Andrews wanted to find a mechanism to kill the brain cancer organically. His research succeeded in uncovering a way to deactivate the switch located on the surface of cells that tells them when to live or die. Once he could kill brain cancer cells in the lab, he turned to patients. Normally, immunotherapies are delivered with just a single inoculation. Andrews’ procedure is different. Surgeons start by removing as much of the glioblastoma as possible and coating some of the retrieved cells with an anti-growth factor that can disarm the critical on-off switch responsible for regulating cell life and death. To ignite this reaction internally, the specially treated cells are nested into a mesh chamber — where they can’t escape to do any harm — and implanted in the cancer patient’s belly. The foreign intrusion acts like a wound to attract antibodies. The chamber stays inside the abdomen only for a day or two and is then removed — remaining just long enough to rev up the body’s fighting force and send the immune system to war, imprinted with the message ordering cancer cells to die.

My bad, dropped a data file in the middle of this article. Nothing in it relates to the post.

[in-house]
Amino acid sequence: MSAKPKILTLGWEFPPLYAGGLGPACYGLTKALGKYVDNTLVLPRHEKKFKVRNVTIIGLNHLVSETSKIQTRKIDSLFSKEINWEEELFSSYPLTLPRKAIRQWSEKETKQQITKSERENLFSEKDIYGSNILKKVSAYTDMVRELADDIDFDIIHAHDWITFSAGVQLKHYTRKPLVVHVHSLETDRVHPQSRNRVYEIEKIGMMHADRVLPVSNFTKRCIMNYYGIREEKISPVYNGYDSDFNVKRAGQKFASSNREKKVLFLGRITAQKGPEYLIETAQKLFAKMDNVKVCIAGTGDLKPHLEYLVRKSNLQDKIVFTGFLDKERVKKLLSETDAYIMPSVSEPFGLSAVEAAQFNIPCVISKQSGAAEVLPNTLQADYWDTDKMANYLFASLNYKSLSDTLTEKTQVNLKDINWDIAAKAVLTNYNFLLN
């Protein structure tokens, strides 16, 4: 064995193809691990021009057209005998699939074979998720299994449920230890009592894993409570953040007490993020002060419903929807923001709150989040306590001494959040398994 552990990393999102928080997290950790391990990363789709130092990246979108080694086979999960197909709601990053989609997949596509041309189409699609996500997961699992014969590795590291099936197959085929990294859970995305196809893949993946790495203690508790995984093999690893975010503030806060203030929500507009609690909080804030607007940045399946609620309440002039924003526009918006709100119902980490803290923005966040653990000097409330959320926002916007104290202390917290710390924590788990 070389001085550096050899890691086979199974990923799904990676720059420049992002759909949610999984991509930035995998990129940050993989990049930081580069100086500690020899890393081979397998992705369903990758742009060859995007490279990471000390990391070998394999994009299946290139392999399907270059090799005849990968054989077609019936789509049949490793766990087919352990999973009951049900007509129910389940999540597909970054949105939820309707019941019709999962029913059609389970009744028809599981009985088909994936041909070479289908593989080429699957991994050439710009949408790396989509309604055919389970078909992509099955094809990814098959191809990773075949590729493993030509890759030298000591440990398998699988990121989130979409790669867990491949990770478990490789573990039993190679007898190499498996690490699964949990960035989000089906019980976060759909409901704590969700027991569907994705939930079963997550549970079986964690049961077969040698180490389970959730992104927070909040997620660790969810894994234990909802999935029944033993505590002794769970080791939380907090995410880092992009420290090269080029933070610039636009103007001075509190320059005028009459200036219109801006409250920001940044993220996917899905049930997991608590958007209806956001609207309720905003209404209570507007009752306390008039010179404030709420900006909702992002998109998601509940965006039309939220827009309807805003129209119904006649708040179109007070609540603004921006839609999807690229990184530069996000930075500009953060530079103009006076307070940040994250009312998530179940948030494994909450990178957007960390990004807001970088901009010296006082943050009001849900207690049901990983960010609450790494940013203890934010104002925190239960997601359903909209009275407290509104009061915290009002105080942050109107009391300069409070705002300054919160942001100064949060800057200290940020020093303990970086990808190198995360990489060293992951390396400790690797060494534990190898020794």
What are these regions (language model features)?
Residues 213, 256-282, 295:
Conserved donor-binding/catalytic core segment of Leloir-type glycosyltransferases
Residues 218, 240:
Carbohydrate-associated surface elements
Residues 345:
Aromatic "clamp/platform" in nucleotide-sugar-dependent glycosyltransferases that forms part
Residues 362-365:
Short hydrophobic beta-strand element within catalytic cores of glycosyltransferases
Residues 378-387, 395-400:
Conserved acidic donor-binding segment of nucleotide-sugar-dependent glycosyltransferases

Nine patients given this protocol have shown significant tumor shrinkage. “We are very excited with the results,” Andrews says. If all continues as expected and the complicated FDA questions and hurdles are met, he will design Phase Two clinical trials to test how his inventive approach stands up against chemotherapy and radiation. He is optimistic that within five years, his new form of immunotherapy will become the gold standard for fatal brain tumors and the diagnosis of glioblastoma will no longer be a death sentence.
Carol Saline is the chief medical correspondent for Inside.